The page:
A Brief History
Situated in the heart of west Wiltshire, Trowbridge is a vibrant town with truly ancient roots. Wander through streets where Romans, Saxons and Normans have all left their mark.
In the 13th century it was the headquarters of a Magna Carta Baron; one of the 25 who forced King John to sign the ‘great charter’ at Runnymede in 1215 – a copy of which is on display at Salisbury Cathedral.
The town’s historic Market Charter also dates back to the 1200s and today it still plays host to a well-attended weekly street market every Wednesday. Trowbrige also has a rich textile heritage with a long history of woollen cloth production beginning in Anglo-Saxon times and expanded in the 14th century. This left a superb architectural legacy, ranging from the fine 18th-century homes of wealthy clothiers, to the rare Handle House, which was used to dry teasels, and former mill buildings.
Today Trowbridge has a number of independent retailers, national chains and markets, as well as a vibrant arts and cultural scene. Trowbridge Town Hall Arts acts as a hub for the development of artistic activity providing opportunities for all in the community to be inspired by arts, culture and heritage.
At St Stephen’s Place you will find an Odeon cinema complex, a wide range of family restaurants and a hotel.Trowbridge Museum highlights the town’sfascinatingheritage as the centre of woollen cloth production in the west.
The scale of cloth production was once so great the town became known as ‘the Manchester of the West’.
Trowbridge’s West of England woollen cloth was supplied to members of the Royal family including: the current Queen who purchased Culloden Tartan for her first Trooping of the Colour from Trowbridge Mill, Palmer and McKay.
The Community Sensory Garden next to Trowbridge Park at the back of the Town Hall offers peace and tranquillity close to the town centre.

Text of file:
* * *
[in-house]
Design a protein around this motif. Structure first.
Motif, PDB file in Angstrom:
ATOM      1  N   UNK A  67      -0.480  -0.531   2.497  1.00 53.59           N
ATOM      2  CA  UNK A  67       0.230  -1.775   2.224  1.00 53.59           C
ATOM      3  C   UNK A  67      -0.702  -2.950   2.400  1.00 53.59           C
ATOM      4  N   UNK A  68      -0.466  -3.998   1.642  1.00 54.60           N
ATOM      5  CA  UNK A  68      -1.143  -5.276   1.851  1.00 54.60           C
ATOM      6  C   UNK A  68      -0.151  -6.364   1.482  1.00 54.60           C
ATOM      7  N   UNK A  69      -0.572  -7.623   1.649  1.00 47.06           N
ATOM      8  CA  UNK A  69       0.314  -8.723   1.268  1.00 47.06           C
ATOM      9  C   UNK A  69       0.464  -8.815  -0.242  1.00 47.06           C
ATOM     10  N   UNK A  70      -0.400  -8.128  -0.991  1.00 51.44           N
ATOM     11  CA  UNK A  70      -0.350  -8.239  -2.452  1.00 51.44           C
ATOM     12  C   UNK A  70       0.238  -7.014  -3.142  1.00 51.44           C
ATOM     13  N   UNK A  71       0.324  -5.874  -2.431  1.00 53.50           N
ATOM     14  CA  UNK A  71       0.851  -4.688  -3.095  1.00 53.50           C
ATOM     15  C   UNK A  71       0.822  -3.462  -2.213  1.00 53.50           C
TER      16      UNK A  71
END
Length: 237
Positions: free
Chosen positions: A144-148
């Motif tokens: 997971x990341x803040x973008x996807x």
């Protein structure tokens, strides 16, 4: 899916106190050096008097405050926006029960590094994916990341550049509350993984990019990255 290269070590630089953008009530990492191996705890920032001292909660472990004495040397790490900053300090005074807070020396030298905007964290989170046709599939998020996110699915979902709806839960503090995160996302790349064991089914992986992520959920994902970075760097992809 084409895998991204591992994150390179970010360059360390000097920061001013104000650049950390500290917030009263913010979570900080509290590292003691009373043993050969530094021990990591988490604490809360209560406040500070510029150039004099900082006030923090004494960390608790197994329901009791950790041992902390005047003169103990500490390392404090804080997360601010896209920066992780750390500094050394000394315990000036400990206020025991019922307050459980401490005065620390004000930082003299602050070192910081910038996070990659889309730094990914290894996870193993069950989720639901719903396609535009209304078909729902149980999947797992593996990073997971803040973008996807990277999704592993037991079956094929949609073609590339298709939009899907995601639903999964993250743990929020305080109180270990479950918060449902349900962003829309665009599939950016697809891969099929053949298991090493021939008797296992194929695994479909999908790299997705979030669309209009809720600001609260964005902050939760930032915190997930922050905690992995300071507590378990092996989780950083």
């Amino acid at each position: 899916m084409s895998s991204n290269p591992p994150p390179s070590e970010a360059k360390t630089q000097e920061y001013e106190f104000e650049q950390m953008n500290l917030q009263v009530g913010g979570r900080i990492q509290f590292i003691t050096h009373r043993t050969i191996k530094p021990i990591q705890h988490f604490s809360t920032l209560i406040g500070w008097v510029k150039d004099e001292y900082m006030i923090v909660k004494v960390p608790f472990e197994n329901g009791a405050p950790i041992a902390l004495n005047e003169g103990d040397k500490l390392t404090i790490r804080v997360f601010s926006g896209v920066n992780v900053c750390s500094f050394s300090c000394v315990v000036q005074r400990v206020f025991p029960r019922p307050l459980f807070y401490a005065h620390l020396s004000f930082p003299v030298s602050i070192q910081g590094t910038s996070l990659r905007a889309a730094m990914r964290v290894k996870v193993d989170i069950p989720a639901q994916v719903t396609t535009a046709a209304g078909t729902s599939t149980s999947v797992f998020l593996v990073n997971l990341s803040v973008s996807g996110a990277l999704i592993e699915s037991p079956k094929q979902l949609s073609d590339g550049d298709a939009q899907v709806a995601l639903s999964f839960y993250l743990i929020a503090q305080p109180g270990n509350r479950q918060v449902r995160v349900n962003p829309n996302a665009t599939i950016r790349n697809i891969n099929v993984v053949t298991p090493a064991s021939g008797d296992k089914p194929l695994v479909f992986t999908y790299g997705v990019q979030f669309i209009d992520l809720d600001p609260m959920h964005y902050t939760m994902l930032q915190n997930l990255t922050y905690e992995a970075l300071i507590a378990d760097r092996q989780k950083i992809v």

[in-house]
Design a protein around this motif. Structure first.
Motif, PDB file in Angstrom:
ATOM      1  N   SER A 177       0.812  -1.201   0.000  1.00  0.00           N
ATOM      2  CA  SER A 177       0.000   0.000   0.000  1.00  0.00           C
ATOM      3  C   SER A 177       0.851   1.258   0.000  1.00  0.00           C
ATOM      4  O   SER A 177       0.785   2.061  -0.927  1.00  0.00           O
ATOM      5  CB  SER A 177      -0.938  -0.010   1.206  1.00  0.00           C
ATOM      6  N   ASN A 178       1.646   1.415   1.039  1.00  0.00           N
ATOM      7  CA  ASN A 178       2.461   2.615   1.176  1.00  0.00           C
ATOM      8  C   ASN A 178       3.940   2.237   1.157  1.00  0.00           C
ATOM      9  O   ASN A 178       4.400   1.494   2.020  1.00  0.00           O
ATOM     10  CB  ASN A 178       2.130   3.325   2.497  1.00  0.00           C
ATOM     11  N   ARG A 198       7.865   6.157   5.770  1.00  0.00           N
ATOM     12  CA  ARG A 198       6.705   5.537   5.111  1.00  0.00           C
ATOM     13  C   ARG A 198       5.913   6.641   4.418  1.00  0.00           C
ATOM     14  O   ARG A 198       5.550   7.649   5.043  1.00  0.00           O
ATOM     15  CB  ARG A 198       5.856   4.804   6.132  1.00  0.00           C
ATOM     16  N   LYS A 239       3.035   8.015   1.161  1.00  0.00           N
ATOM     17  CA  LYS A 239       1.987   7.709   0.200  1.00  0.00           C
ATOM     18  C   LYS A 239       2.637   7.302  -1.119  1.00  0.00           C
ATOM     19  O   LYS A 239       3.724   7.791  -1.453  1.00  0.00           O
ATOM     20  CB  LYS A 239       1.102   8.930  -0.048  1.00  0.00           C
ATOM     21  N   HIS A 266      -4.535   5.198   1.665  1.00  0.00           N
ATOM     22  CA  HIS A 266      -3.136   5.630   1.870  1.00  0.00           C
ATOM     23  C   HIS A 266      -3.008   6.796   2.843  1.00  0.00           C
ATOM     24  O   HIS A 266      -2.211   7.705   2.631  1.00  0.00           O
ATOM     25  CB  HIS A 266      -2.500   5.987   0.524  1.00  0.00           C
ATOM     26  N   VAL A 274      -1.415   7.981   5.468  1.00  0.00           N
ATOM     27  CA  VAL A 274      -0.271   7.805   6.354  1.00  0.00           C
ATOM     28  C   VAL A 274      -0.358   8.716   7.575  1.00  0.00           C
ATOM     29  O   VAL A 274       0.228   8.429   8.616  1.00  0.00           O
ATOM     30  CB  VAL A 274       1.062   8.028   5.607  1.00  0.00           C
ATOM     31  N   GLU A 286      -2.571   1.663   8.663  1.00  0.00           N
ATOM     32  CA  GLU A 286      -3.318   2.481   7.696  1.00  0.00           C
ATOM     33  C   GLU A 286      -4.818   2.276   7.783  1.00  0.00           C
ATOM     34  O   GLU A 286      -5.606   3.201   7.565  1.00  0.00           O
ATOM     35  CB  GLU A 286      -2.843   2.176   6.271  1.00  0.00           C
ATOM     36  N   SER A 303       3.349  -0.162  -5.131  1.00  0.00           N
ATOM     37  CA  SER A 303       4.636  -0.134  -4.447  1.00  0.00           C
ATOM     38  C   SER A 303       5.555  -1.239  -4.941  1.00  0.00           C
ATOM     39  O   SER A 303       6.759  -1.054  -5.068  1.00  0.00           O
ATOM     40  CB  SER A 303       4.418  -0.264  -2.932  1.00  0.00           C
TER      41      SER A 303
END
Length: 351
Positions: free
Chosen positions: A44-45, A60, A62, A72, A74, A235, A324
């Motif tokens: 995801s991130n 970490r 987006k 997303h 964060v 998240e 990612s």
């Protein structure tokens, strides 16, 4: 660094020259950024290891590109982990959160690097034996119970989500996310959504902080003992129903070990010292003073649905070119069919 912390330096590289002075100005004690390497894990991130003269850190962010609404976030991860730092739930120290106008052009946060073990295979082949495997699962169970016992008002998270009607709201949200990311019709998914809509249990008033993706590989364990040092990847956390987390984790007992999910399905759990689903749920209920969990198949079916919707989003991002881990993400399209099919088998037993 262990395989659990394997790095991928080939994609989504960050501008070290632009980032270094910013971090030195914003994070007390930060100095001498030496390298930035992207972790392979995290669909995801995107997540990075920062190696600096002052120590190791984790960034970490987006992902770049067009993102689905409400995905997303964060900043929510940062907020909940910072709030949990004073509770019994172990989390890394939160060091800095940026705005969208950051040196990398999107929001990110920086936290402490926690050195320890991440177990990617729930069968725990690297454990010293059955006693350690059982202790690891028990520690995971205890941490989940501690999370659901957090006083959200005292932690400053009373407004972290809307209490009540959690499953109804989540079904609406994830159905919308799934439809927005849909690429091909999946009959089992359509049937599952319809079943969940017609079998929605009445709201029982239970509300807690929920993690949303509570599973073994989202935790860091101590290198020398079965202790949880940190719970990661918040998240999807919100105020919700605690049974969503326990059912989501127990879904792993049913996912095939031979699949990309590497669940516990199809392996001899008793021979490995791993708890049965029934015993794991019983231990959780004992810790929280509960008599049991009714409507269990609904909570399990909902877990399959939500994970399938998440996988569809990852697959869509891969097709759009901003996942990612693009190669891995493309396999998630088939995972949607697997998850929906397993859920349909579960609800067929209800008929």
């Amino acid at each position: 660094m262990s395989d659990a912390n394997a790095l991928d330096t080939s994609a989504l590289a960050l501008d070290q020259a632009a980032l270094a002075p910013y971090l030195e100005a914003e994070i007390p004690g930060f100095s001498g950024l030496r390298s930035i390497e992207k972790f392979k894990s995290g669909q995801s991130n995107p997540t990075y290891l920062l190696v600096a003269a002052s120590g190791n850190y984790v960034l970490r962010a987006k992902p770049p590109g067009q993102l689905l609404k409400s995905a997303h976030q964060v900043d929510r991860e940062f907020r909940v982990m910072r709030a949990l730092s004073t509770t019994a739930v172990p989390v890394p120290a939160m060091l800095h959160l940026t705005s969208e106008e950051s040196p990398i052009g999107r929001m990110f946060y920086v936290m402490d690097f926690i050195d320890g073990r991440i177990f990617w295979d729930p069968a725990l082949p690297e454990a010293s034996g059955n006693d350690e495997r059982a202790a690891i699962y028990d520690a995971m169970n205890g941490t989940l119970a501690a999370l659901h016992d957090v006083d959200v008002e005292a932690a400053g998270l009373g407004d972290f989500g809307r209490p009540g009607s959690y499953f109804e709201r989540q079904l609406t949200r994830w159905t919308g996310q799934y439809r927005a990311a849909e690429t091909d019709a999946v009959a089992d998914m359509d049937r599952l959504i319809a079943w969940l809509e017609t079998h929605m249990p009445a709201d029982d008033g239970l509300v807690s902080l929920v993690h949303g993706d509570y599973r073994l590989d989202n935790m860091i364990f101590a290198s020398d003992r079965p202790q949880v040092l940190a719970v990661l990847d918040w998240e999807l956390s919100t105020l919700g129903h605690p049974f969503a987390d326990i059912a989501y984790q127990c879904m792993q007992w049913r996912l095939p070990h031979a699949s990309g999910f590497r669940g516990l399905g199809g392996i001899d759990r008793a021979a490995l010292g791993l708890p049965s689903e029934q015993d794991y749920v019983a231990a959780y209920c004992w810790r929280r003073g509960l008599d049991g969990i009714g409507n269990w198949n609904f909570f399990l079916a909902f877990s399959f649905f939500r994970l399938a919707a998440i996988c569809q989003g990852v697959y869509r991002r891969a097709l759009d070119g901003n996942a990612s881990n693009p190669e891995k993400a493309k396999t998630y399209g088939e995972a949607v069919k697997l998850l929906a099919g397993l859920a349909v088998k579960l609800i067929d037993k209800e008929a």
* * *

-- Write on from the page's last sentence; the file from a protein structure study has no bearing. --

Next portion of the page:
Annual Events & Entertainment
The Active Festival in July offers free activities for all ages. Trowbridge also stages its own Heritage Festival in September while Trowbridge Arts Festival and Carnival both take place in October and the town hosts a Victorian Christmas event with an exhibition, storytelling and gifts in December.
Trowbridge has a vibrant shopping centre, The Shires, and an array of independent outlets. Box Steam Brewery is an award-winning independent brewery run by three generations of the Roberts family based in the nearby village of Holt.
For a choice of where to eat in Trowbridge take a look here.
Places to Stay
Elegant: The Polebarnis a family owned and run boutique style townhouse hotel in the centre of Trowbridge.
Heading towards the ancient town of Bradford on Avon, you’ll find Widbrook Grange which is a fine Georgian country house hotel, peacefully located in 11 acres of grounds.
Quirky: Widbrook Barnsfeatures seven separate converted barns, a gypsy caravan and shepherd’s hut offering enchantment, adventure, mystery and fantasy at Widbrook, Bradford on Avon.
Affordable: The town also has a wide range of budget accommodation available.
Trowbridge is south of the M4, three miles south east of Bradford on Avon and has good rail links from Bristol and Southampton.
With the Kennet & Avon Canal situated just to the north of the town, visit the Barbara McLellan narrow boat which runs public trips on Wednesdays, Saturdays and Sundays. In nearby Bradford on Avon you’ll find Towpath Trail Bike and Canoe Hire featuring top quality bikes and Canadian canoes. Just over a mile out of the town centre is Southwick Country Park home to the Hope Nature Centre with its alpacas, donkeys, rabbits, chickens and other animals. To the north-east of Trowbridge is the pretty village of Hilperton with its own marina and tranquil walks along the canal towpath.
For further information please see www.visitwiltshire.co.uk/trowbridge